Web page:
This article is dedicated to Cheryl Corey
This article is intended for violinists who are interested in learning how to hold the violin without using a shoulder rest, or using their shoulder for support. It is based on my own observations, experience, and some of what I have learned from my teachers. There are as many ways to hold the violin, as there are violinists. If you feel comfortable using a shoulder rest or your shoulder to assist you while playing the violin, then by all means, proceed as you are already. This is just one way for violinists that are interested in learning to way to play the violin without a shoulder rest, to do so.
First, the violin isn’t held, so much as balanced on the collarbone and propped up with the left hand. You can think of the violin as a bridge between these two ledges or points of contact. Begin by holding the violin in your left hanging loosely by your left side next to your leg. Bring the violin up with your left hand, and assist with your right hand if you need to, around the lower right rib at the corner. Slightly lift your head up, creating space for the violin to insert into the gap between your chin and your collarbone, and place the back of the lower left bout over your left collarbone. Lower your head down gently placing your chin on the chin rest. The natural weight of you head should be enough to keep the violin in place.
Try to balance the neck of the violin between the lower proximal phalanx of the left index finger and the around the joint between the distal and proximal phalanx of the left thumb. The ideal height of the violin should be about parallel to the ground and you should resemble the form of an archer or gunman taking aim.
Some of you may have collarbones deeply imbedded or very close to your neck. This may be the case especially in children. If so, even a collared shirt may be too thick for the violin to rest firmly over the collarbone. If your violin consistently slips off of your collarbone, try wrapping a cloth around the chinrest and lower bout of the violin for extra friction, or, a piece of chamois (or other fabric with grip such as carpet liner).
The precise way in which you will hold he violin and which body parts it will touch, is impossible to say, especially without observing the person with the instrument in hand. Everybody’s anatomy is different, ranging from different lengths, shapes, widths of body parts, and placements of bones. For example, some violinists like my friend Cheryl, who have relatively long necks and/or combined with broad, sloped, or regular shoulders, may have to hold their violins high in order for the chinrest to meet their chins, and will have the violin considerably off of their shoulder. Others with shorter necks and/or high shoulders will have the violin more adapted to their body shape, and will fit snug, like a doorstop. Their shoulders may even naturally touch the back of the instrument.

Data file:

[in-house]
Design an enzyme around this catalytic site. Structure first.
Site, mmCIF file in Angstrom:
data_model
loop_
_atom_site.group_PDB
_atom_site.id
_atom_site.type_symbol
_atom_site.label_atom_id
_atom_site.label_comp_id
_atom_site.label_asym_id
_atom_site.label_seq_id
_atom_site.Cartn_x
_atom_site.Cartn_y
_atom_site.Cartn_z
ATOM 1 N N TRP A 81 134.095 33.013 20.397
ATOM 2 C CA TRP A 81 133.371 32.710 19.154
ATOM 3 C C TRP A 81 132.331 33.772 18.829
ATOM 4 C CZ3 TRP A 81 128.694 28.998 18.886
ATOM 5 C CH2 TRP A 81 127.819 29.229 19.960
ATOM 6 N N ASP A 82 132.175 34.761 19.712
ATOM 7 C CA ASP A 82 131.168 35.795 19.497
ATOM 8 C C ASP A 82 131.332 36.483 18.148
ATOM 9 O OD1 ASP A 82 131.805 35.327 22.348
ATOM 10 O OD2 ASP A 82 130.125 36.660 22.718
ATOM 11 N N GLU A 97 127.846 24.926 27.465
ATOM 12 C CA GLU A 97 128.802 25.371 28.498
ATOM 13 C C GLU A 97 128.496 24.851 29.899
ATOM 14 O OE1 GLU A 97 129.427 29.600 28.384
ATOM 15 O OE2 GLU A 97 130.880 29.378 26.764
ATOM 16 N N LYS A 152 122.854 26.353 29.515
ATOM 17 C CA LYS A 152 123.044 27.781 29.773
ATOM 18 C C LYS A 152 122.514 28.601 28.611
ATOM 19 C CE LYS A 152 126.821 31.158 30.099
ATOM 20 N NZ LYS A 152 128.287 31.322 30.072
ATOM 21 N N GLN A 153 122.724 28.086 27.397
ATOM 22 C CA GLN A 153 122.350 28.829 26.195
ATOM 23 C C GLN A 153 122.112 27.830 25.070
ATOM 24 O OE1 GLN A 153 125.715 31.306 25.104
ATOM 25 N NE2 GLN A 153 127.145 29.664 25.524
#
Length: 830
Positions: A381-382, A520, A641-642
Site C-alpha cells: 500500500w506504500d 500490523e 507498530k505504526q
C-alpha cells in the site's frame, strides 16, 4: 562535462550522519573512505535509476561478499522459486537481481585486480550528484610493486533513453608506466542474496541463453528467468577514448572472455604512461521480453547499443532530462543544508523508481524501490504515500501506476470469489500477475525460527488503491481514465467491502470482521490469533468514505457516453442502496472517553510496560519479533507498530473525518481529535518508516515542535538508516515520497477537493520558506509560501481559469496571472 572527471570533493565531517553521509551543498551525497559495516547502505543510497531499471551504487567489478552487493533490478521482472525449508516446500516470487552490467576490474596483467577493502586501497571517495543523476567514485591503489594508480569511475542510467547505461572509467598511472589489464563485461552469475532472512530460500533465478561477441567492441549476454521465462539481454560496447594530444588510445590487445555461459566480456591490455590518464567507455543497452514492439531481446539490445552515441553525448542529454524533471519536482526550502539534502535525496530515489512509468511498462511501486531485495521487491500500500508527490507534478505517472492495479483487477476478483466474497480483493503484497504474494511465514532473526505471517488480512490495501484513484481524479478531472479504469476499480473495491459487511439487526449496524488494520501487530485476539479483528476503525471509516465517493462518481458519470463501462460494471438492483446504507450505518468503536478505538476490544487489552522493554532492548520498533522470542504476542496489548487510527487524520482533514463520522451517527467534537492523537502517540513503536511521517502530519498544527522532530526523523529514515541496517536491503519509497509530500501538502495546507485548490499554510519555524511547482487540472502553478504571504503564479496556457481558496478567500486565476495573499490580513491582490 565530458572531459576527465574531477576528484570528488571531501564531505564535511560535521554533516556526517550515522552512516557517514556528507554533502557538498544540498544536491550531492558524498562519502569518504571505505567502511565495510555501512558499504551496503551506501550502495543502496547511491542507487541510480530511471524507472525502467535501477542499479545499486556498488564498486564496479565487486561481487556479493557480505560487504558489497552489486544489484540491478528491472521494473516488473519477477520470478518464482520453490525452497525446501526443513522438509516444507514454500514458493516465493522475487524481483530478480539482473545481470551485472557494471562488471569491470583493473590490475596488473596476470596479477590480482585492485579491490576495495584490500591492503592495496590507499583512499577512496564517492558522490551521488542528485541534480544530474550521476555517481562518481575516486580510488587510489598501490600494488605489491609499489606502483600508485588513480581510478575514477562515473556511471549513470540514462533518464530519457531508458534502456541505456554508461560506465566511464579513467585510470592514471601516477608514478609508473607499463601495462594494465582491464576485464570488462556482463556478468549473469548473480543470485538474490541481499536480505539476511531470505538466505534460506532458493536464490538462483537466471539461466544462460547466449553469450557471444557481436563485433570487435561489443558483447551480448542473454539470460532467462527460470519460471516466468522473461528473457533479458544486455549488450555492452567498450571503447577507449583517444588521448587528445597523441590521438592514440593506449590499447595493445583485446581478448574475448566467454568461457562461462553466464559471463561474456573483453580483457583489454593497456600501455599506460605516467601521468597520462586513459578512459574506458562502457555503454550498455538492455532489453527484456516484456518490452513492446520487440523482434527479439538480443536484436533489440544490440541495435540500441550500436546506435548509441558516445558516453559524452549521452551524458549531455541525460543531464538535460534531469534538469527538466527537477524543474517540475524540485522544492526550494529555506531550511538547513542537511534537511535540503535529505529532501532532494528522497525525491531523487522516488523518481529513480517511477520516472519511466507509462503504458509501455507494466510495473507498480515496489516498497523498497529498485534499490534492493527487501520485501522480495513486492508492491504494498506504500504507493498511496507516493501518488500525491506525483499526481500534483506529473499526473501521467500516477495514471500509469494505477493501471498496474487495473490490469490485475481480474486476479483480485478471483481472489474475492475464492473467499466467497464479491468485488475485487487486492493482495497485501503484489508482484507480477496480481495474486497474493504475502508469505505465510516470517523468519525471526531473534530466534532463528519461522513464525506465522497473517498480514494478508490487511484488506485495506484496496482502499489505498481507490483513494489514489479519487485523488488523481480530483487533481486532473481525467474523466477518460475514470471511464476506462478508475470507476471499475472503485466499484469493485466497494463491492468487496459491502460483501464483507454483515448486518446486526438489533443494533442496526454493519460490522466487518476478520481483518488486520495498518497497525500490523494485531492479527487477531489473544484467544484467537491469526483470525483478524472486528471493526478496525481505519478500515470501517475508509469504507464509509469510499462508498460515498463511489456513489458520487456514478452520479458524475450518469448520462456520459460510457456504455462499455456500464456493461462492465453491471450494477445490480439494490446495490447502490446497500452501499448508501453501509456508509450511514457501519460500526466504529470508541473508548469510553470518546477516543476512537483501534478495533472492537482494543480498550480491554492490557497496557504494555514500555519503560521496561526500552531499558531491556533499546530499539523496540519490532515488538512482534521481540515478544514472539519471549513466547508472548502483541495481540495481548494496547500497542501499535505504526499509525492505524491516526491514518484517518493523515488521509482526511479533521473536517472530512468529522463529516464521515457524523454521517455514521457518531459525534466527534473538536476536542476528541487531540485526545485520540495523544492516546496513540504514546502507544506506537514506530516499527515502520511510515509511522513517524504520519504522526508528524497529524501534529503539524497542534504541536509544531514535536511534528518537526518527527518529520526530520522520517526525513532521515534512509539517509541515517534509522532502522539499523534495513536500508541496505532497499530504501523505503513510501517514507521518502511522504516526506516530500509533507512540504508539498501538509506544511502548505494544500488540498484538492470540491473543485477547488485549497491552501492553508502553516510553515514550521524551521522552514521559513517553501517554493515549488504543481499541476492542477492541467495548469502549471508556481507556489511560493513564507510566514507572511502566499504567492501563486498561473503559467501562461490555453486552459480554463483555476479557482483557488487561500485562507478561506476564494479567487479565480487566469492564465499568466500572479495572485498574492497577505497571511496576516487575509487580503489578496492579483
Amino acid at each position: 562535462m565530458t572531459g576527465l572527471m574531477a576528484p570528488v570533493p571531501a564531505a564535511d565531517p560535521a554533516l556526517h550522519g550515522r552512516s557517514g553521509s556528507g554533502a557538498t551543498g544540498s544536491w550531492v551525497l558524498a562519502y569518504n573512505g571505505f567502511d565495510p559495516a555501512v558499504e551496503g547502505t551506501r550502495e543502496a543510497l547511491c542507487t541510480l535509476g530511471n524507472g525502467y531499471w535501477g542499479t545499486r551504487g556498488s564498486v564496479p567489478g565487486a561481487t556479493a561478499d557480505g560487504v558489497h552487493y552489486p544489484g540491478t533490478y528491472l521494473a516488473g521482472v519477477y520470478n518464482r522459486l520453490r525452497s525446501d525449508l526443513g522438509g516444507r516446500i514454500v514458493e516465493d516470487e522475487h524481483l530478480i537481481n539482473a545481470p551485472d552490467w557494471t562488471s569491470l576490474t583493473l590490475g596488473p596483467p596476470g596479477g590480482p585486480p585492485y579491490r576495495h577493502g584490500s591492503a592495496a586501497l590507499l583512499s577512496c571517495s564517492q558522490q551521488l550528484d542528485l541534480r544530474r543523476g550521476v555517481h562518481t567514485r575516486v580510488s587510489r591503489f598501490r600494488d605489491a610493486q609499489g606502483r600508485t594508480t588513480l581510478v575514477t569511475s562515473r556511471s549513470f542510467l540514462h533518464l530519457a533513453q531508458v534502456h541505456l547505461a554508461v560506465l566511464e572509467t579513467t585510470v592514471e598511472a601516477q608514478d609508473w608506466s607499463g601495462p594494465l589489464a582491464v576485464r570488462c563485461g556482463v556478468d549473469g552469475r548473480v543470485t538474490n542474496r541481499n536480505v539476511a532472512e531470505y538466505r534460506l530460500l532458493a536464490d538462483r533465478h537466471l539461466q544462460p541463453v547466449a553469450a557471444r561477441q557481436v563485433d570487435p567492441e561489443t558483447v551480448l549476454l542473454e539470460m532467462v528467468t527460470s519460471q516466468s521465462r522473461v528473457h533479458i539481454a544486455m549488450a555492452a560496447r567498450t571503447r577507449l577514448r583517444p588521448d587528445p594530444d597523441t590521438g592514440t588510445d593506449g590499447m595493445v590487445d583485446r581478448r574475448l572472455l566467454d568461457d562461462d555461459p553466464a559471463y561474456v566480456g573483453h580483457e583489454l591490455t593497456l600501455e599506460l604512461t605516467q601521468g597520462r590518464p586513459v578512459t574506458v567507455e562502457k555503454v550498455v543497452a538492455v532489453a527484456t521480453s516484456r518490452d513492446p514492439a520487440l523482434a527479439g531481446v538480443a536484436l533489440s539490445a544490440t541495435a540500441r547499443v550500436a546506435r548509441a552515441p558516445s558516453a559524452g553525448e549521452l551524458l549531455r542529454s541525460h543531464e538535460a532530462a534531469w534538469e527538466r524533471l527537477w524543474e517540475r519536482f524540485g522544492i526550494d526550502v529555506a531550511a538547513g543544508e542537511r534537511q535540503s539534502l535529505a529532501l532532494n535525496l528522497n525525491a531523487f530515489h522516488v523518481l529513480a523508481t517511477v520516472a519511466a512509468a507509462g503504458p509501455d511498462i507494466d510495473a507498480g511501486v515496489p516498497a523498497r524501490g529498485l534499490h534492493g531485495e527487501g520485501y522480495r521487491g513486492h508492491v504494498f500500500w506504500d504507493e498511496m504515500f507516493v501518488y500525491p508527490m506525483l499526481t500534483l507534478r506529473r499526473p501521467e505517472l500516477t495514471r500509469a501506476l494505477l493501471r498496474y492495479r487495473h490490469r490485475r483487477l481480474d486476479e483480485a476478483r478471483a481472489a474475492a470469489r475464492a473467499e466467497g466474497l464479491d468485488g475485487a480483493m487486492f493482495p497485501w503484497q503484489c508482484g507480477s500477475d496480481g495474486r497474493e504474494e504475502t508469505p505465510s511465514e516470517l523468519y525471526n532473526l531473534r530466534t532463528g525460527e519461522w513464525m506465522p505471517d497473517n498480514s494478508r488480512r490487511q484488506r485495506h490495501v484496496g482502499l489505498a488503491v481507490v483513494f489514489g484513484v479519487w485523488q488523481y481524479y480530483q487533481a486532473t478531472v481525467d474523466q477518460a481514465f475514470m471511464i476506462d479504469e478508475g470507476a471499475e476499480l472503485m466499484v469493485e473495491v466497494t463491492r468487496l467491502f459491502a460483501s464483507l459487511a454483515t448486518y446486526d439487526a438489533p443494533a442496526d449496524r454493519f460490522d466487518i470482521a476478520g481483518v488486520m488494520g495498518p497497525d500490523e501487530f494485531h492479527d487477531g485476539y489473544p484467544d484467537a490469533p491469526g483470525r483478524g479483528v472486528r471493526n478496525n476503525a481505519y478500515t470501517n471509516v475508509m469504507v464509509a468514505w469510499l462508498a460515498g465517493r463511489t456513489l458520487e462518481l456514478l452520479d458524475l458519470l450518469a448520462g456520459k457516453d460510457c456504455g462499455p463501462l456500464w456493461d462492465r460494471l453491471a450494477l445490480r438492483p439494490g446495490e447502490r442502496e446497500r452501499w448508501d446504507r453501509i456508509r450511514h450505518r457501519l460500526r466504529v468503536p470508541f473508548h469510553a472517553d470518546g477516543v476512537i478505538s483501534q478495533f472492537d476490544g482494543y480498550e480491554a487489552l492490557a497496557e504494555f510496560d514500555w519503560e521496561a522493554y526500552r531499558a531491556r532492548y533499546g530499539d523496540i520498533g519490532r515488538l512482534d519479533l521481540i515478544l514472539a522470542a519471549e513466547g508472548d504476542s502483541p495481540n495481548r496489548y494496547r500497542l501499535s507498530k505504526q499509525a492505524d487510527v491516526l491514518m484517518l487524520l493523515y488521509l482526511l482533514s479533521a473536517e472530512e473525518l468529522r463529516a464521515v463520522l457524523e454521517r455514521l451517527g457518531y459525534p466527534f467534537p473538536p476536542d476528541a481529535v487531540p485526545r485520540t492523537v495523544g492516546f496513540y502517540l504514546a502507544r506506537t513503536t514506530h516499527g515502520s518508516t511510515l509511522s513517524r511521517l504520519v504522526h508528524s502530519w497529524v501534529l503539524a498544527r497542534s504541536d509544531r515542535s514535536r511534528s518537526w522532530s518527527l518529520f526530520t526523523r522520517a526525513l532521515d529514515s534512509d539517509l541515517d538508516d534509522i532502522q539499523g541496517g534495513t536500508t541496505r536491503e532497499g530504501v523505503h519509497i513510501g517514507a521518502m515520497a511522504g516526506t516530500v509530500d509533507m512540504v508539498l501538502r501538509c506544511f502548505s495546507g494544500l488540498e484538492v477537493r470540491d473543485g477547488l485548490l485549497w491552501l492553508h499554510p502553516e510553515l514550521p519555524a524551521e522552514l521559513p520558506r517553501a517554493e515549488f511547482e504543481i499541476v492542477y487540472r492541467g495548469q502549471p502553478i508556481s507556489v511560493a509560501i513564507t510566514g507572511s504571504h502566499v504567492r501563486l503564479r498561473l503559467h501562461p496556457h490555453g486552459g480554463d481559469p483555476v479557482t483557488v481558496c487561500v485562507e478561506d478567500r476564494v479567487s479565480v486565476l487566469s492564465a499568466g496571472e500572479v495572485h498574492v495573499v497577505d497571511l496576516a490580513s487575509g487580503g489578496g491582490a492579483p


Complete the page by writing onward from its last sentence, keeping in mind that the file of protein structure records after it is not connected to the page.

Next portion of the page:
Whatever your anatomy, your shoulders should remain down and relaxed while playing. Your spine, all the way up to through your neck, should remain relatively straight with as little deviation from a neutral position as possible. Think of yourself as an athlete. You wouldn’t run, play tennis, soccer, basketball, etc. and keep your neck or spine in a compromised or crooked position. You should be relaxed and flexible at all times to respond to commands and to ensure fluidity of motion in execution.
Try to keep your eyes fixed on the instrument while you perform to watch the bow and/or fingers. It is like looking down the barrel of a rifle when you are taking aim. If you take your eyes off the target, you might miss, or likewise, if you are driving, and take your eyes off the road, you might get into an accident. Violin is a highly complex and sophisticated multitasking operation, and you should use all of your focus and senses to perform it.